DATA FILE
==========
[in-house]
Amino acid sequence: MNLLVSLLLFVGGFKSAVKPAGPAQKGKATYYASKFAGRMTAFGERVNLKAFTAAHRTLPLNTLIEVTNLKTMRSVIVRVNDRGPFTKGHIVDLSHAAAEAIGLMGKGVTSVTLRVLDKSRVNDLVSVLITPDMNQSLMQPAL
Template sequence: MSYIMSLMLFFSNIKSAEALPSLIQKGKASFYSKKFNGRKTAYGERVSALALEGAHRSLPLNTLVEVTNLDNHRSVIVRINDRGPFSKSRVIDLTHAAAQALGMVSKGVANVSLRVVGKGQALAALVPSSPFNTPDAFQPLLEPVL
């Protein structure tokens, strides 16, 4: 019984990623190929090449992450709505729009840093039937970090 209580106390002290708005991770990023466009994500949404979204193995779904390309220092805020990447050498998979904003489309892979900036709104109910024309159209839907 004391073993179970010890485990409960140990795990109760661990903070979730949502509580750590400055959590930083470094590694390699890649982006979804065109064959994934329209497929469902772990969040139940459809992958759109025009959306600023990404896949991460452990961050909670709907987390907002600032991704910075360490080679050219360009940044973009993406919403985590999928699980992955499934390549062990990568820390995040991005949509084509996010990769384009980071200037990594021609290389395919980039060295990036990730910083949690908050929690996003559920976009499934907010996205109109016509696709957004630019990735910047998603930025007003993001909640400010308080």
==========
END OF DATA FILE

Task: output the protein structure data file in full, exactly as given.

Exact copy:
[in-house]
Amino acid sequence: MNLLVSLLLFVGGFKSAVKPAGPAQKGKATYYASKFAGRMTAFGERVNLKAFTAAHRTLPLNTLIEVTNLKTMRSVIVRVNDRGPFTKGHIVDLSHAAAEAIGLMGKGVTSVTLRVLDKSRVNDLVSVLITPDMNQSLMQPAL
Template sequence: MSYIMSLMLFFSNIKSAEALPSLIQKGKASFYSKKFNGRKTAYGERVSALALEGAHRSLPLNTLVEVTNLDNHRSVIVRINDRGPFSKSRVIDLTHAAAQALGMVSKGVANVSLRVVGKGQALAALVPSSPFNTPDAFQPLLEPVL
């Protein structure tokens, strides 16, 4: 019984990623190929090449992450709505729009840093039937970090 209580106390002290708005991770990023466009994500949404979204193995779904390309220092805020990447050498998979904003489309892979900036709104109910024309159209839907 004391073993179970010890485990409960140990795990109760661990903070979730949502509580750590400055959590930083470094590694390699890649982006979804065109064959994934329209497929469902772990969040139940459809992958759109025009959306600023990404896949991460452990961050909670709907987390907002600032991704910075360490080679050219360009940044973009993406919403985590999928699980992955499934390549062990990568820390995040991005949509084509996010990769384009980071200037990594021609290389395919980039060295990036990730910083949690908050929690996003559920976009499934907010996205109109016509696709957004630019990735910047998603930025007003993001909640400010308080």